Fear of measles leads to sudden increase in number of people vaccinated

The increased spread of the virus has made people cautious, driving up the number of adults going in for booster doses.
The increased spread of the virus has made people cautious, driving up the number of adults going in for booster doses. Source: Siim Lõvi/ERR

While in the first quarter of last year, just 179 adults had their measles vaccination refreshed, this year the number jumped to 1,337, the Health Board reported on Tuesday, almost as many as were vaccinated in all of 2018.

A total of 1,502 adults were vaccinated against the measles in 2018, and just 373 in 2017. The current upward trend is driven at least in part by recently more frequent reports of the disease spreading in various areas worldwide.

Irina Filippova, chief specialist at the Health Board's department for infectious diseases and epidemic prevention, said that the main reason for the increased spread of the measles is that the number of vaccinated people has decreased in recent years.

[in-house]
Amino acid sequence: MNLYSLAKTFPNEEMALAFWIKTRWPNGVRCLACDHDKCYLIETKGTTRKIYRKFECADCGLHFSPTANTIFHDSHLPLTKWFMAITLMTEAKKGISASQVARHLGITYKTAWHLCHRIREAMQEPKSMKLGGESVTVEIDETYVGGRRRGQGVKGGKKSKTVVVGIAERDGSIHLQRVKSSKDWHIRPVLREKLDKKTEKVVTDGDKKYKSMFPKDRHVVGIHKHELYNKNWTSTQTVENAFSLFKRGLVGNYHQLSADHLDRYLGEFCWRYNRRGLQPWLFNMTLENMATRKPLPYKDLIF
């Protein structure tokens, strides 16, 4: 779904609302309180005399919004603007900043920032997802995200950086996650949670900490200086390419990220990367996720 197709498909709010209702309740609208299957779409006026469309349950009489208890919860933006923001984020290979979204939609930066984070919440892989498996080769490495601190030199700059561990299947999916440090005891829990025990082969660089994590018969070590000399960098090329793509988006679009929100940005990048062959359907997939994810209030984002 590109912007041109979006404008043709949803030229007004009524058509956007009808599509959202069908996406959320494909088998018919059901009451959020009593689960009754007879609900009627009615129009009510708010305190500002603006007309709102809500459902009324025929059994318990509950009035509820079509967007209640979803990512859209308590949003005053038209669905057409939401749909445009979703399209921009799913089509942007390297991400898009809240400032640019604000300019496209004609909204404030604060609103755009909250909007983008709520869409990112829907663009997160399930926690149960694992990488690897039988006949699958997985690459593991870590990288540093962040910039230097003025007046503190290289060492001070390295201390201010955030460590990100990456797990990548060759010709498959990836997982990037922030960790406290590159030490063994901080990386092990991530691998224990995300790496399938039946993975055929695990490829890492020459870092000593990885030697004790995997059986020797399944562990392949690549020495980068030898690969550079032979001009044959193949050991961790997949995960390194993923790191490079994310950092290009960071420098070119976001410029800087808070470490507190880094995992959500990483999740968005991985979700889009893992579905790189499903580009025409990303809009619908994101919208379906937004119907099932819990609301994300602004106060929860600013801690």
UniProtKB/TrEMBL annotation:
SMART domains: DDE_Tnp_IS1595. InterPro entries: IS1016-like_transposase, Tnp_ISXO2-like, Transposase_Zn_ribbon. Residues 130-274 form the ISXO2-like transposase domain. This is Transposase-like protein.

"The measles are back in countries where they had already been extinct, for example in the United States," Filippova said. "As it's likely that the measles will eventually reach Estonia as well, it is very important to protect both yourself as well as those close to you against this very contagious disease."

Getting a booster dose of the vaccine makes sense for adults either once the disease is spreading at an increased pace, or in the case of trips planned to countries where it is still widespread. The same applies for people in families with children less than a year old, pregnant women, family members with immune deficiency, or someone who might get infected in connection with their profession.

The measles virus is extremely contagious. Of 100 non-vaccinated people, 98 typically contract the disease. Symptoms include high fever (typically referred to as the four-day fever in the case of the measles), cough, head cold, sneezing, and conjunctivitis (red eyes). The maculopapular rash typical for the disease follows, typically spreading from behind the ears on to the face and neck.

Side effects can be serious for people in known risk groups and include pneumonia, ear infections and encephalitis. If not treated correctly, the disease can be fatal.

Editor: Dario Cavegn

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